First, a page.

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No Blog Post Is an Island [en]

No Blog Post Is an Island [en]

[fr] Une des grandes difficultés dans l'art de bloguer: intégrer des liens à son texte. D'une part parce que les liens rajoutent une dimension au texte, perçant en quelque sorte des trous dans celui-ci par lesquels le lecteur est libre de s'échapper, à la façon des "livres dont vous êtes le héros" de notre adolescence, et d'autre part parce que la nature hypertexte du web donne à l'intertextualité une place capitale. Un article de blog n'est pas une île isolée, mais un fragment textuel nageant au milieu d'un océan d'autres fragments similaires, avec lequel il a des liens plus ou moins proches, que la bonne maîtrise de l'hyperlien permet d'expliciter. Ceci nécessite, outre une habileté avec les mots (pour pouvoir retourner sa phrase dans le sens qui permet un bon ancrage du lien), une certaine culture des autres textes entourant le sien. Sinon, comment faire des liens qui feront sens?

Fellow blogger Adam Tinworth points to a leaked memo from The Guardian encouraging internal linking. He shares his astonishment on Facebook “that this still isn’t standard practice at most places”. I am not that astonished, I have to say.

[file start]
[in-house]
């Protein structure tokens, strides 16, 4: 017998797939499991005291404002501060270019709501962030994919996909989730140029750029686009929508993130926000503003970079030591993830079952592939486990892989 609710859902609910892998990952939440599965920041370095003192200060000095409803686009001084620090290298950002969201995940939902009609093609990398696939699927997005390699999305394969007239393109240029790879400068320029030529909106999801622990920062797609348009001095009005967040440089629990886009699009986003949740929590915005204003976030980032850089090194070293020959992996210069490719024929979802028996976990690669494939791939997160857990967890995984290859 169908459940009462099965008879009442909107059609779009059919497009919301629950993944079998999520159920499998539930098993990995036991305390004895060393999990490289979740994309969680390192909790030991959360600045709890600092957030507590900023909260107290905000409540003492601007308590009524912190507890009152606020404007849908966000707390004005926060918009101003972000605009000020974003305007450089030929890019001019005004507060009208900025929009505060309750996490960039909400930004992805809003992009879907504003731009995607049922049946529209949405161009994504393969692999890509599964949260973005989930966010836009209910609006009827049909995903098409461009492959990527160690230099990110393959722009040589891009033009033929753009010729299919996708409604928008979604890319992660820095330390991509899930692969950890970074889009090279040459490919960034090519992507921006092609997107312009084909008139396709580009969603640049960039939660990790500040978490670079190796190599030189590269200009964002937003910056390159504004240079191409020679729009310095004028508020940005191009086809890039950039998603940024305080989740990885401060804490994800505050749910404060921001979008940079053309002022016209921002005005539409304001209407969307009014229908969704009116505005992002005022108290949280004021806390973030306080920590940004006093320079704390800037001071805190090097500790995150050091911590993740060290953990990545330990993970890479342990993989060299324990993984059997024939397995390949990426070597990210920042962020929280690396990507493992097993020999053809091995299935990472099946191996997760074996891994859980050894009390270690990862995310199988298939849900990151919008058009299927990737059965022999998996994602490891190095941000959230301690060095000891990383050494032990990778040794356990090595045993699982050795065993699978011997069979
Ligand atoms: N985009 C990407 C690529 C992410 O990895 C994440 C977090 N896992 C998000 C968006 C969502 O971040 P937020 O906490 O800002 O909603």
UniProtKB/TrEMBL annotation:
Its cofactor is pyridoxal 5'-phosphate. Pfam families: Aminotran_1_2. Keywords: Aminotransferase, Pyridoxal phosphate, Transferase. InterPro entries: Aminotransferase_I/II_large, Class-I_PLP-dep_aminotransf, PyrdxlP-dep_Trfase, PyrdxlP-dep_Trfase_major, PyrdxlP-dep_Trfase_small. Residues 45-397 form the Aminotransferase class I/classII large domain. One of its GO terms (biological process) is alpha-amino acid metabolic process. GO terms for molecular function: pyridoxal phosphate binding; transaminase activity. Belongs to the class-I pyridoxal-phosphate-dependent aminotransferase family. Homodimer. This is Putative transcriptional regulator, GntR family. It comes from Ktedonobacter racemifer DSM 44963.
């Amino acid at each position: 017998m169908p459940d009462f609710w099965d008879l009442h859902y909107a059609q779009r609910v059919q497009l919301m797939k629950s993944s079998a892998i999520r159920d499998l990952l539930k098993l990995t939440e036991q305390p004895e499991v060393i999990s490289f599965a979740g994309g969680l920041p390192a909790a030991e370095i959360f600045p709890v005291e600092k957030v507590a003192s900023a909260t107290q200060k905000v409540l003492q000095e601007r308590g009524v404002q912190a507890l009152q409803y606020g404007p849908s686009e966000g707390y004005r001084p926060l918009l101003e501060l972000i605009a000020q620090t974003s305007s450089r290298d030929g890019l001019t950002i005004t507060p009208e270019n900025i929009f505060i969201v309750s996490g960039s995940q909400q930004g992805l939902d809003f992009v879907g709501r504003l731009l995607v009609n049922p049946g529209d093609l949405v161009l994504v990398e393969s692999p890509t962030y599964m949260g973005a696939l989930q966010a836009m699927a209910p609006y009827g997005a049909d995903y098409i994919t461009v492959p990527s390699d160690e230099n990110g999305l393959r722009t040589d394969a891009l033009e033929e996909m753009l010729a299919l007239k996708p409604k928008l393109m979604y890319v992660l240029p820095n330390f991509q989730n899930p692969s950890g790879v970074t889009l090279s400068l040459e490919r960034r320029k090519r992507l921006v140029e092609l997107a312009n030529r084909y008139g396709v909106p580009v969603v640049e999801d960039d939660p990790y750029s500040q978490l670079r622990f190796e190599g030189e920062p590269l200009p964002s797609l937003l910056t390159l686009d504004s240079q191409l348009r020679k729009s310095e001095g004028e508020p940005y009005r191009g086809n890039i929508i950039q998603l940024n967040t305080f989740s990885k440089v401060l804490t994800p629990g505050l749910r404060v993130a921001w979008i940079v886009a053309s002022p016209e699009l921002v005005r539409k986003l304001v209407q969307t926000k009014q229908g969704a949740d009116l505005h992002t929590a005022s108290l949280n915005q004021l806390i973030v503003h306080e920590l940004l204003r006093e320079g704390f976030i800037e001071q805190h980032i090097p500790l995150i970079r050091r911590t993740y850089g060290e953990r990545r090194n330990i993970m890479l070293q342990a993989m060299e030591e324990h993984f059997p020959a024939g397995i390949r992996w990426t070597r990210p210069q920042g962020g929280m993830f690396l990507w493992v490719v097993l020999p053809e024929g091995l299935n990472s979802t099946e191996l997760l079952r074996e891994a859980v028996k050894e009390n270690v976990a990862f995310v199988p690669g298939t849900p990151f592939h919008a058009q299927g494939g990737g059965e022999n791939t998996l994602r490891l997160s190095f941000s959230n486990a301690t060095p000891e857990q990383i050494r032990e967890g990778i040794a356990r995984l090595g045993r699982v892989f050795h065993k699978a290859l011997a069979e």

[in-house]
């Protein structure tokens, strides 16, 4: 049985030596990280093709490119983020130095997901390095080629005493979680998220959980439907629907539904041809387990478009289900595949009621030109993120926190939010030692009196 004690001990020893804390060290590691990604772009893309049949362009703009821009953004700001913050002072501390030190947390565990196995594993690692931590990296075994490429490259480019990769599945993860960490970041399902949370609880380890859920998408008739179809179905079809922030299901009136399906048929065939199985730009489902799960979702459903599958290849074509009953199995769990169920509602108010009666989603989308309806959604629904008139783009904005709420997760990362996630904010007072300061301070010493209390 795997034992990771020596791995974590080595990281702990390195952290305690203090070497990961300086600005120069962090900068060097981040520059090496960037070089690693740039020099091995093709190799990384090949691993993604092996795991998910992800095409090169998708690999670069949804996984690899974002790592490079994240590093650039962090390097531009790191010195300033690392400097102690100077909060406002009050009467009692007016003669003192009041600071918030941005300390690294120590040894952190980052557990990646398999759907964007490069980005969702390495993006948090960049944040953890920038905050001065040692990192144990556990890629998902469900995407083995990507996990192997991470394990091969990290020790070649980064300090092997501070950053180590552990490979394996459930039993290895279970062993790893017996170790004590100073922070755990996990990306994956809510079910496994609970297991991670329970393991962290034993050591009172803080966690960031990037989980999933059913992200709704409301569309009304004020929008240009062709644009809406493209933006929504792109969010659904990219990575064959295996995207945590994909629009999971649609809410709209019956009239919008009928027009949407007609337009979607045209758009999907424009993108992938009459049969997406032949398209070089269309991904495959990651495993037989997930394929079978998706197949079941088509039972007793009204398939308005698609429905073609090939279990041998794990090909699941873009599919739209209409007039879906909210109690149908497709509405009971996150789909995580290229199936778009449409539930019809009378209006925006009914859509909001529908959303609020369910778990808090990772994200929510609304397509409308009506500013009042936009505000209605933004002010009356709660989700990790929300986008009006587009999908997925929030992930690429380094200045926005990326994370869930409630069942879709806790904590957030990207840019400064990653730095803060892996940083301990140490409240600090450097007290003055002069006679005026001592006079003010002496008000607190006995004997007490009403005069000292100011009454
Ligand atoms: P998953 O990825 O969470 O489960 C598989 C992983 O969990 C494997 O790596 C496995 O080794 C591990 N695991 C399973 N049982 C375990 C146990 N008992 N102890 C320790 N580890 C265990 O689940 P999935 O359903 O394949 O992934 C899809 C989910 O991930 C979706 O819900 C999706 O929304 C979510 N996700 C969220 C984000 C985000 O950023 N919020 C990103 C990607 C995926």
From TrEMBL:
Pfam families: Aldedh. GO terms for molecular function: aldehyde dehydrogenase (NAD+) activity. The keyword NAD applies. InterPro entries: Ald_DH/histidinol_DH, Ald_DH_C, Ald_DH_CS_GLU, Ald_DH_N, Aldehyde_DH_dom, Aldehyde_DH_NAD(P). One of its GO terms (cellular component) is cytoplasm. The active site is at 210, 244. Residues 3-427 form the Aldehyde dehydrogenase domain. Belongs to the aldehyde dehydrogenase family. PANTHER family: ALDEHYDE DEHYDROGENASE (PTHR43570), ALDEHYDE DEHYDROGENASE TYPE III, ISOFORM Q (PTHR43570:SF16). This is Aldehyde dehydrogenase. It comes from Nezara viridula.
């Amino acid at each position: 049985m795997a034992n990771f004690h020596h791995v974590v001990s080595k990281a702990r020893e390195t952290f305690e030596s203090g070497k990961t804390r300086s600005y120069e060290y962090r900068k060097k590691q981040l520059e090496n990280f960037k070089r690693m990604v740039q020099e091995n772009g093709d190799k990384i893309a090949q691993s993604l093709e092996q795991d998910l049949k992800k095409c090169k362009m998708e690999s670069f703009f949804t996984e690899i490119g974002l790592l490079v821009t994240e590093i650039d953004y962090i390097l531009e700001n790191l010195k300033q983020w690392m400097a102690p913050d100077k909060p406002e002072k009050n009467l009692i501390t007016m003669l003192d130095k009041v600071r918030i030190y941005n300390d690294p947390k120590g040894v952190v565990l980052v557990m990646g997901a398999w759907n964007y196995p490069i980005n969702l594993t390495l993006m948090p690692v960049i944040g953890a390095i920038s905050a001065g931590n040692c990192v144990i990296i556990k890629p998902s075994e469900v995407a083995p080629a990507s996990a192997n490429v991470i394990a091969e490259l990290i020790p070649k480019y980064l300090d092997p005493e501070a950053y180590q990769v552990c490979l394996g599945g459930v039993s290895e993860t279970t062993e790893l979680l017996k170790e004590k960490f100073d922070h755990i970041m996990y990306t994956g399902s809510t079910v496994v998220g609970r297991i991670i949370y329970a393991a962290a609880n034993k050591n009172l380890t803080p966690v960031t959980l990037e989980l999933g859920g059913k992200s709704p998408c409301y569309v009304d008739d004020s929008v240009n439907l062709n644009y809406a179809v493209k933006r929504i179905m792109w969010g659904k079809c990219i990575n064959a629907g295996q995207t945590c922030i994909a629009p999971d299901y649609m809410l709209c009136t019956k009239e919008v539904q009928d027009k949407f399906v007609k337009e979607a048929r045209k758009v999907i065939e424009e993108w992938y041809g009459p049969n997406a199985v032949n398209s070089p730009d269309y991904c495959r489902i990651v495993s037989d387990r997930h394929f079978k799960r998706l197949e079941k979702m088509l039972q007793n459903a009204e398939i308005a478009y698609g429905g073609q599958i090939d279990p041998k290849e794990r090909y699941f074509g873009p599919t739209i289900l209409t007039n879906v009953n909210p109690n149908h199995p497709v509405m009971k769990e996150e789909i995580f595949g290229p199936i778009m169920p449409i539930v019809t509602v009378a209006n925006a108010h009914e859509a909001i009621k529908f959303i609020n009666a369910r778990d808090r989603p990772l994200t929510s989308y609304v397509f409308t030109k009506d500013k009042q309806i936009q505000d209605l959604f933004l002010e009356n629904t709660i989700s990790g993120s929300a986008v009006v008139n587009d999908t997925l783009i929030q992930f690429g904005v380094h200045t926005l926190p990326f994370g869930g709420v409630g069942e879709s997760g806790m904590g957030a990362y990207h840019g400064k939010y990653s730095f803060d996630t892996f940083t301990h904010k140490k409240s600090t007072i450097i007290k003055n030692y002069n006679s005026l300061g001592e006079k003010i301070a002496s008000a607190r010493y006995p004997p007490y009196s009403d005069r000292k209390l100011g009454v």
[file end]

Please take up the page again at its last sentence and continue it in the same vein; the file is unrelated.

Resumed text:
During my many years as blog editor-in-chief and teaching blogging to students, I have seen again and again that from a technical point of view, aside from managing to write in your own personal voice, the most difficult aspect of blogging to master is integrating hyperlinks into your writing.

Autour du chalet, colliers de perles

I think this is because writing well with hyperlinks requires one to write differently. It is not just about “writing and then adding links”.

Adding meaningful hyperlinks to your sentences is going to have an impact on the way you construct them. You need to be comfortable shuffling the words around, or looking for others, so that you end up with a phrase that provides you with adequate anchor text for the link you want to insert.

Most people’s training in writing is probably in standalone texts. Offline writing, the type that worked well on paper. Your reader starts at the top, and finishes at the bottom. You may have footnotes and references, but nothing as dramatic as a hyperlink, which literally pokes a hole in your text.

I like to think of hyperlinks as adding an extra dimension to a text. Normal text is 1D. Just follow it through. Hypertext is 2D at least — remember those books we must all have read as teenagers? If you go right, head to page 16, but if turn left, run off to page 67?

So, the first challenge in writing with links is finding a gracious way to anchor all those links into your words.

The second challenge is less obvious, but even more important: intertextuality.

Intertextuality” is a rather vast topic, but it generally has to do with the fact that how you understand or read one text can be shaped by your knowledge of another. References or allusions, explicit or not, that connect different texts.